Major changes to inquiries into child deaths

Topics covered: Ridouts professional advice

The Government has announced that inquiries into child deaths where instances of neglect or abuse are found will be revised. The change has been prompted following a report which looked into local safeguarding children boards and found them to be woefully inadequate and in need of reform in respect of detail and process.

The main issue relates to the level of rigour and inconsistency of approach in relation to each case that is brought before the board. In the report its author, Alan Wood, former Association of Directors of Children’s Services president, states that there is a culture of accepting below par performance when assessing local safeguarding children’s boards.

The report recommends a number of changes to improve local and national performance in relation to the handling of child deaths including: –

–  a new statutory framework to promote stronger local co-operation on child protection between police, health services and local government;

–  local agencies to be encouraged to design their own child protection structures best suited to local needs; and

–  serious case reviews to be replaced by a national body to consider lessons to be learned when the system fails.


The proposed new national body could provide a more consistent approach when assessing child deaths and also when looking at ways to prevent these incidents so far as possible in the future.

The Government has recently responded to the report from Alan Wood and has largely agreed to adopt many of the recommendations made in the report. It has agreed to implement the following:

·         introduce a more flexible statutory framework which will set out requirements for local partners- whilst allowing them the freedom to organise themselves in any manner that they see fit to achieve these aims;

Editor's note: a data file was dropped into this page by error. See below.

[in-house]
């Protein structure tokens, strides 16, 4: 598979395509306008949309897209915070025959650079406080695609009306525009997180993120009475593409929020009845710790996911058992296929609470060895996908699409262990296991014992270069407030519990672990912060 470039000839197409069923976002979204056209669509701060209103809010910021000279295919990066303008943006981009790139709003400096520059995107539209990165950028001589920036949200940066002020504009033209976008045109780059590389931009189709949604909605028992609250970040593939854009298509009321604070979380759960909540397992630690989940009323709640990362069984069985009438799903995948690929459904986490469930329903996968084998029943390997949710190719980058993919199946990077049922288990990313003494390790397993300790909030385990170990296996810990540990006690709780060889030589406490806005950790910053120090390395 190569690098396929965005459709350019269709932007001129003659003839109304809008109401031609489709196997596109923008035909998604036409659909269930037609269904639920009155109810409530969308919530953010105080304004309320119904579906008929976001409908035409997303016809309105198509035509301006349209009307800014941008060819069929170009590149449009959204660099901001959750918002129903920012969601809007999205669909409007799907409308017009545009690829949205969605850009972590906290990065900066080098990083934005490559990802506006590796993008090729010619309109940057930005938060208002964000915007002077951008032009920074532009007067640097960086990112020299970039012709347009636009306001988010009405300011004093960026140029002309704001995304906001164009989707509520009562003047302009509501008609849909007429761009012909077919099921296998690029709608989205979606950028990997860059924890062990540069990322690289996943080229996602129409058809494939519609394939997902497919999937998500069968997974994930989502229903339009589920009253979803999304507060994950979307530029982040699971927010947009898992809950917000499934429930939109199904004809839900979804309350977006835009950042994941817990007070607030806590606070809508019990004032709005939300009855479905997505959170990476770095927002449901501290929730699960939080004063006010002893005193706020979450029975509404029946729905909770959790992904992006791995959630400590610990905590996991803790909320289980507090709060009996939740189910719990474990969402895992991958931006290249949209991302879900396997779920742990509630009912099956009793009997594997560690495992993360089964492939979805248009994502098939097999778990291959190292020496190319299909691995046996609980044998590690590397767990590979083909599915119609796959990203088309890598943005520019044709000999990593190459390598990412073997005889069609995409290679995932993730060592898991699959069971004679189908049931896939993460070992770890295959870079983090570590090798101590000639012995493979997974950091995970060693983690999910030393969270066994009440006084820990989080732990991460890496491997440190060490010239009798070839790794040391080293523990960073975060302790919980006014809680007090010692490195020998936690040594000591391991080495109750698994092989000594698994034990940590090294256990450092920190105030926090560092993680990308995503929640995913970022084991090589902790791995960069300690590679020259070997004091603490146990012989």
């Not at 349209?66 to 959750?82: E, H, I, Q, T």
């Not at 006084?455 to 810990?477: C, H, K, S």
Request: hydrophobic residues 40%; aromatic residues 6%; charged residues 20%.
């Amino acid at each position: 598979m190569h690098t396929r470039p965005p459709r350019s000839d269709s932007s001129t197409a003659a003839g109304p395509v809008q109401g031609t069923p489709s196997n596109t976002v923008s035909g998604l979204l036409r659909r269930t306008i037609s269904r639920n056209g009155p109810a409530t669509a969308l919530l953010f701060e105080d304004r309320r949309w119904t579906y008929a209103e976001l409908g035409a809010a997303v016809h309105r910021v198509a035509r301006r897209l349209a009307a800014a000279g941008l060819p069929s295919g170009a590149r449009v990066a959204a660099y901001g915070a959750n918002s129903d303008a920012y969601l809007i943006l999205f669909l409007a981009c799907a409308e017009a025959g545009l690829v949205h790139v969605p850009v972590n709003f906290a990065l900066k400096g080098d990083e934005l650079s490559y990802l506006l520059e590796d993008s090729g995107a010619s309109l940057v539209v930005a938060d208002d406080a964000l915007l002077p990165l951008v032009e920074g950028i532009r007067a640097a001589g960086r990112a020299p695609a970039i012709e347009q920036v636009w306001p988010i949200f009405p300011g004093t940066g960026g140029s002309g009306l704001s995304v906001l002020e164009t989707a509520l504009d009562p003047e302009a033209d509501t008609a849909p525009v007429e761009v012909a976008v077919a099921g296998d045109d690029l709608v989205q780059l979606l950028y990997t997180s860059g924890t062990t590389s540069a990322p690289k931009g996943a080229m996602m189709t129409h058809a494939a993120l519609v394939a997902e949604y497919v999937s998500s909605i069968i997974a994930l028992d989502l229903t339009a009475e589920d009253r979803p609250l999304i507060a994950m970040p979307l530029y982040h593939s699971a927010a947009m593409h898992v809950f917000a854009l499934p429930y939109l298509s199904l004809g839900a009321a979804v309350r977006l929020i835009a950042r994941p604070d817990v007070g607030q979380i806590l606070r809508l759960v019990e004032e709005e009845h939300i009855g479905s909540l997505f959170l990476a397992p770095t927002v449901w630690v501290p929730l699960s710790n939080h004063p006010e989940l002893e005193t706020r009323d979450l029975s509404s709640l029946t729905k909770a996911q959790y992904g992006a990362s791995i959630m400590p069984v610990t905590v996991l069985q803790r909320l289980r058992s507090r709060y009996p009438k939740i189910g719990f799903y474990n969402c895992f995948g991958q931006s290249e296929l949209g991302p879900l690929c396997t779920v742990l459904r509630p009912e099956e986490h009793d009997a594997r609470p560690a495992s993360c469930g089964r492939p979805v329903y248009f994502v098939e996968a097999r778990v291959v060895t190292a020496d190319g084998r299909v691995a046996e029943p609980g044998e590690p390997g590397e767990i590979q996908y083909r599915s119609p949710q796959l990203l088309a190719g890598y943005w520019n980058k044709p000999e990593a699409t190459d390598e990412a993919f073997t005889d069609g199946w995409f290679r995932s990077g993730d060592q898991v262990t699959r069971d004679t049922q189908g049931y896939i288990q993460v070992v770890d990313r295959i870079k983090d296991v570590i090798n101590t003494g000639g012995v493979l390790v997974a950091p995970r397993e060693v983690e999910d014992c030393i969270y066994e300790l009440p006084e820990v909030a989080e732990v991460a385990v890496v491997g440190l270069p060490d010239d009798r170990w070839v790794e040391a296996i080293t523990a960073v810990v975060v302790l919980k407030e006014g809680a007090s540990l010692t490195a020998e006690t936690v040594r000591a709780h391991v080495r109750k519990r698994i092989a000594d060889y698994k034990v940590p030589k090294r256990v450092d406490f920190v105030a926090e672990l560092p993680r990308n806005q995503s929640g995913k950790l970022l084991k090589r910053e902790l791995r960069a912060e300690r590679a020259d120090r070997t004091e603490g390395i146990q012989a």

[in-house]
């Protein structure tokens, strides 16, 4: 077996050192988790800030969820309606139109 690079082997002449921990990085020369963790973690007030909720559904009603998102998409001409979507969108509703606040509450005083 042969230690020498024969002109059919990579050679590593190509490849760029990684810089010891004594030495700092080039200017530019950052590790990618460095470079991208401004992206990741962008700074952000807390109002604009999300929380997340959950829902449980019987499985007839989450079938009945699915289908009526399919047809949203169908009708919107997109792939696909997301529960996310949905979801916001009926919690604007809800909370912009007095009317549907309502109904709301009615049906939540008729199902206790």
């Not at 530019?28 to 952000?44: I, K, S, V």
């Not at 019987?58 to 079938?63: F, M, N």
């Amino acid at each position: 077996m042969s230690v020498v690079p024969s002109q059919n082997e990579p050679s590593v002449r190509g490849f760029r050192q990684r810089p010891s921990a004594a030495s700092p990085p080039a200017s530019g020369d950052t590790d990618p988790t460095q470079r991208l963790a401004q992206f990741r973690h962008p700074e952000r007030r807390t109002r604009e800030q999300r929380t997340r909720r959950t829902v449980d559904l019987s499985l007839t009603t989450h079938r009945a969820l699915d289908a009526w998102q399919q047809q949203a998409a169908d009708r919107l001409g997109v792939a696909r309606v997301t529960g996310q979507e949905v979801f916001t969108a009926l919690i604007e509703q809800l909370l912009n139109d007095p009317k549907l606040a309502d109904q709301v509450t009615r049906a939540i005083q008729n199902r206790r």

·         replace Serious Case Reviews and miscellaneous reviews with a system of national and local reviews to ensure consistency and objectively high levels of quality in completing these reviews;

·         set up an independent national panel responsible for commissioning and publishing national reviews and also investigating those complex cases it deems will provide the best opportunity to learn nationally;

·         transfer national supervision of Child Death Overview Panels from Department for Education to the Department of Health.

These changes are welcomed to bring much needed clarity and consistency of approach across the topic of child deaths where neglect or abuse are involved. Unfortunately no timescale has been set for when these changes will come into place but it would be reasonable to assume that they should be completed in the coming year subject to parliamentary approval.

The other point that requires further thought relates to the movement of power to investigate child deaths away from localised bodies towards a larger national panel. Whilst it is not disputed that the larger national panel will have greater consistency of approach and independence it may fail to have the necessary power to change the way that things are done locally- something that a more localised approach may be better placed to do.

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